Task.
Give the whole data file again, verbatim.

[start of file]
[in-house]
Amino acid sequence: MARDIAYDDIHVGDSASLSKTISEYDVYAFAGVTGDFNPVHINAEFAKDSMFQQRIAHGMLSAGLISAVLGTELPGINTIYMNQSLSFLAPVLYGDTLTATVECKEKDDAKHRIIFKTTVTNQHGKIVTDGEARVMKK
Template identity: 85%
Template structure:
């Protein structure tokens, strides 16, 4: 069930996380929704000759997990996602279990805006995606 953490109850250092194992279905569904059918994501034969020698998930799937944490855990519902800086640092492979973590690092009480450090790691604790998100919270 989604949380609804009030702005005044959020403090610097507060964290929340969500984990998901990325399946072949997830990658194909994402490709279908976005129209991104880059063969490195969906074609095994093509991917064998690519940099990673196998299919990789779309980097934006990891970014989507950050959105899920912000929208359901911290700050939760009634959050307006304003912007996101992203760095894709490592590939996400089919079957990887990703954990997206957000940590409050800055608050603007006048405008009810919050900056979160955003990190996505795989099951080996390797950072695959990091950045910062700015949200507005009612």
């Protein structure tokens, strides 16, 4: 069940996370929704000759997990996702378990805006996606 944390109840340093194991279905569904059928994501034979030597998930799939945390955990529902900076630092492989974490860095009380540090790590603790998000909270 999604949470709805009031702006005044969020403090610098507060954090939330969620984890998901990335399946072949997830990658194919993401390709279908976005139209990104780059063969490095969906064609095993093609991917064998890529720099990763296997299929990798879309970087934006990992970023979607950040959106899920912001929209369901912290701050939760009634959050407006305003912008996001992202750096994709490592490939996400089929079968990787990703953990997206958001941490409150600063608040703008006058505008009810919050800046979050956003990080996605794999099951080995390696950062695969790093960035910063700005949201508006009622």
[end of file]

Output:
[in-house]
Amino acid sequence: MARDIAYDDIHVGDSASLSKTISEYDVYAFAGVTGDFNPVHINAEFAKDSMFQQRIAHGMLSAGLISAVLGTELPGINTIYMNQSLSFLAPVLYGDTLTATVECKEKDDAKHRIIFKTTVTNQHGKIVTDGEARVMKK
Template identity: 85%
Template structure:
């Protein structure tokens, strides 16, 4: 069930996380929704000759997990996602279990805006995606 953490109850250092194992279905569904059918994501034969020698998930799937944490855990519902800086640092492979973590690092009480450090790691604790998100919270 989604949380609804009030702005005044959020403090610097507060964290929340969500984990998901990325399946072949997830990658194909994402490709279908976005129209991104880059063969490195969906074609095994093509991917064998690519940099990673196998299919990789779309980097934006990891970014989507950050959105899920912000929208359901911290700050939760009634959050307006304003912007996101992203760095894709490592590939996400089919079957990887990703954990997206957000940590409050800055608050603007006048405008009810919050900056979160955003990190996505795989099951080996390797950072695959990091950045910062700015949200507005009612």
């Protein structure tokens, strides 16, 4: 069940996370929704000759997990996702378990805006996606 944390109840340093194991279905569904059928994501034979030597998930799939945390955990529902900076630092492989974490860095009380540090790590603790998000909270 999604949470709805009031702006005044969020403090610098507060954090939330969620984890998901990335399946072949997830990658194919993401390709279908976005139209990104780059063969490095969906064609095993093609991917064998890529720099990763296997299929990798879309970087934006990992970023979607950040959106899920912001929209369901912290701050939760009634959050407006305003912008996001992202750096994709490592490939996400089929079968990787990703953990997206958001941490409150600063608040703008006058505008009810919050800046979050956003990080996605794999099951080995390696950062695969790093960035910063700005949201508006009622």